The plaintiff shareholder also alleged that Wyndham's failure to protect its customers' information damaged its reputation.
The complaint contains three counts against the individual defendants: breach of fiduciary duty; waste of corporate assets; and unjust enrichment. The shareholder plaintiff requested an award of damages sustained by Wyndham and a judgment directing the company to take actions to protect the company and its shareholders from similar damage.
On May 5, the defendants filed a motion to dismiss. They argued that the shareholder derivative complaint failed to allege that the board wrongfully refused the shareholder's demand. They also contended that the plaintiff failed to adequately plead state law claims, that he didn't plead cognizable damages and that his claims aren't ripe.
Frederick R. Kessler of Wollmuth Maher & Deutsch LLP, in Newark, N.J., and Ryan A. Kane of the firm's New York office represented the plaintiff. Jennifer A. Hradil and Justin T. Quinn of Gibbons PC, in Newark, N.J., and James P. Gillespie and Emily P. Hughes of Kirkland & Ellis LLP, in Washington, represented the defendant Wyndham officers and board members, as well as Wyndham as a nominal defendant in its derivative capacity.
“The Wyndham derivative action highlights that every company needs to take concrete steps to ensure that its Board, often through the Audit Committee, is exercising appropriate governance of information security,” McNicholas told Bloomberg BNA.
“Evaluating cybersecurity protocols and being ready to respond to a cybersecurity incident should be a significant priority for all companies that are entrusted with consumer data,” he said.
“Effective risk management leads to increased shareholder and consumer confidence, but it requires a significant commitment from leadership, and the right tone at the top to signal that the company is serious about its privacy commitments,” McNicholas added.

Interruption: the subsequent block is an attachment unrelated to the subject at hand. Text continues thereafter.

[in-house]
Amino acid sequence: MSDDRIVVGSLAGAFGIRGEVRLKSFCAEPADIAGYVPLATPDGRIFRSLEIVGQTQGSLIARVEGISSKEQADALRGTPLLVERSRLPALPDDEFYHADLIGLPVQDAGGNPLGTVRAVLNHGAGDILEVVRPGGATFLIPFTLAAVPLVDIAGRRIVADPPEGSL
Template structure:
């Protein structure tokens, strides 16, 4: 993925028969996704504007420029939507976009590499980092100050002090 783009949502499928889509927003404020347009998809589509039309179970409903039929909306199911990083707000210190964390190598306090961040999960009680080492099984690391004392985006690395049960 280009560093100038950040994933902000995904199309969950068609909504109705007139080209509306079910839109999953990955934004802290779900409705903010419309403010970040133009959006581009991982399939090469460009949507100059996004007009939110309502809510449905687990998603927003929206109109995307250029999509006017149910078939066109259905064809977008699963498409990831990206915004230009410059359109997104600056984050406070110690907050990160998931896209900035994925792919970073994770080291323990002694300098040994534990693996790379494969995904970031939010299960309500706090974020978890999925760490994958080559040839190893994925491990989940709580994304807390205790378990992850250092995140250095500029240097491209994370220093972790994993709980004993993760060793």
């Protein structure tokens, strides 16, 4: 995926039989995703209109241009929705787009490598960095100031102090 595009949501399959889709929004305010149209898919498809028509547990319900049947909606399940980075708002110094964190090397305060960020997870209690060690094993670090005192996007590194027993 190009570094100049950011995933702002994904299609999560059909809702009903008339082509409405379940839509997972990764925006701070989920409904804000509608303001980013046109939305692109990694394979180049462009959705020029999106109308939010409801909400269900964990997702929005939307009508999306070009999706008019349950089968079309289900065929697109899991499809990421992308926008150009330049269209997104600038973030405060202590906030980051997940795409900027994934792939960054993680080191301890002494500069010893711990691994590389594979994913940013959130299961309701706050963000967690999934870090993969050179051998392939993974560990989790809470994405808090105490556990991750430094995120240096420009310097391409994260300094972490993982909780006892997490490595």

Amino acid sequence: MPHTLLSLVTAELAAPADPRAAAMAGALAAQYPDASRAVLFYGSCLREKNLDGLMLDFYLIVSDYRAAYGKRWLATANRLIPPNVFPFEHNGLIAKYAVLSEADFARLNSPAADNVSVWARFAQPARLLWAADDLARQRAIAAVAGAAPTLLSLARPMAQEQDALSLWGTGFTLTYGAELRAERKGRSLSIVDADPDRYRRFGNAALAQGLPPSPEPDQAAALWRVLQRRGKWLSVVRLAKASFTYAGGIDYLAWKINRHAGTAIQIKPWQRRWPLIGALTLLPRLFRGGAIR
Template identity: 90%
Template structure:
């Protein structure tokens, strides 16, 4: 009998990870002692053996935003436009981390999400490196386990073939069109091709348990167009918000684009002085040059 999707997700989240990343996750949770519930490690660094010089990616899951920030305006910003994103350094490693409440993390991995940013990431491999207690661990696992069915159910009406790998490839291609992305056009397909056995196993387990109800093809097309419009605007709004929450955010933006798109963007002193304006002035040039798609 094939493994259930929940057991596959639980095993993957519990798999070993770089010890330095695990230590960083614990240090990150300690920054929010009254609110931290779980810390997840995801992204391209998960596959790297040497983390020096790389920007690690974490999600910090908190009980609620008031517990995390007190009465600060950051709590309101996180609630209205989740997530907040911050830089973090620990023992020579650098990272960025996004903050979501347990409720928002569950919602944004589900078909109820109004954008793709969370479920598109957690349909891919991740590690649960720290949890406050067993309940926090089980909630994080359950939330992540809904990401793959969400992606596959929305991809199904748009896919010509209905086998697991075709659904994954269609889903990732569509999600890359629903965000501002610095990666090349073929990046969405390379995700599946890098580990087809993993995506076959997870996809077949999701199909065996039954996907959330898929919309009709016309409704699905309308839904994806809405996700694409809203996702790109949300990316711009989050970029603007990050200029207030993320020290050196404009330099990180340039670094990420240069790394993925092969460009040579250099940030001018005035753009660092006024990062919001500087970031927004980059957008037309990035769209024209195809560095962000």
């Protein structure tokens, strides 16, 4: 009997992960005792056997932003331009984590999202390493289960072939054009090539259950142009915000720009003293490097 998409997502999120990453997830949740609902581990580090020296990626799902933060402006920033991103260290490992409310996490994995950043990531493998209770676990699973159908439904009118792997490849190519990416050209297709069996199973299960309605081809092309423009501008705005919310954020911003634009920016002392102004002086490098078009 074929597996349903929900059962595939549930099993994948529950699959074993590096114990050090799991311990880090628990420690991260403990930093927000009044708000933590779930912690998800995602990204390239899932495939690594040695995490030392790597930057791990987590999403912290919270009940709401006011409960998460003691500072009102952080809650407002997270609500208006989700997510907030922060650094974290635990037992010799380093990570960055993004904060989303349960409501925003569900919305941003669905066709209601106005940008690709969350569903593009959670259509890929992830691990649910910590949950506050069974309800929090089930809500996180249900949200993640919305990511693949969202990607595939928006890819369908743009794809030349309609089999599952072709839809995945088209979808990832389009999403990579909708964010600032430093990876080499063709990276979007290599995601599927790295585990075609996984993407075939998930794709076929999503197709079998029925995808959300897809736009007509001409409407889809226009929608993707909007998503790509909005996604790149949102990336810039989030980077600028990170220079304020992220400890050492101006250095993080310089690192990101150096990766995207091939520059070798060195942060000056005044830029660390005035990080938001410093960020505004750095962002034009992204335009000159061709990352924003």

To contact the reporter on this story: Katie W. Johnson in Washington at firstname.lastname@example.org
To contact the editor responsible for this story: Barbara Yuill at email@example.com
Full text of the complaint is available at http://www.bloomberglaw.com/public/document/PALKON_v_HOLMES_et_al_Docket_No_214cv01234_DNJ_Feb_27_2014_Court_.
Full text of the motion to dismiss is available at http://www.bloomberglaw.com/public/document/PALKON_v_HOLMES_et_al_Docket_No_214cv01234_DNJ_Feb_27_2014_Court_/1.
All Bloomberg BNA treatises are available on standing order, which ensures you will always receive the most current edition of the book or supplement of the title you have ordered from Bloomberg BNA’s book division. As soon as a new supplement or edition is published (usually annually) for a title you’ve previously purchased and requested to be placed on standing order, we’ll ship it to you to review for 30 days without any obligation. During this period, you can either (a) honor the invoice and receive a 5% discount (in addition to any other discounts you may qualify for) off the then-current price of the update, plus shipping and handling or (b) return the book(s), in which case, your invoice will be cancelled upon receipt of the book(s). Call us for a prepaid UPS label for your return. It’s as simple and easy as that. Most importantly, standing orders mean you will never have to worry about the timeliness of the information you’re relying on. And, you may discontinue standing orders at any time by contacting us at 1.800.960.1220 or by sending an email to firstname.lastname@example.org.
Put me on standing order at a 5% discount off list price of all future updates, in addition to any other discounts I may quality for. (Returnable within 30 days.)
Notify me when updates are available (No standing order will be created).
Notify me when updates are available (No standing order will be created).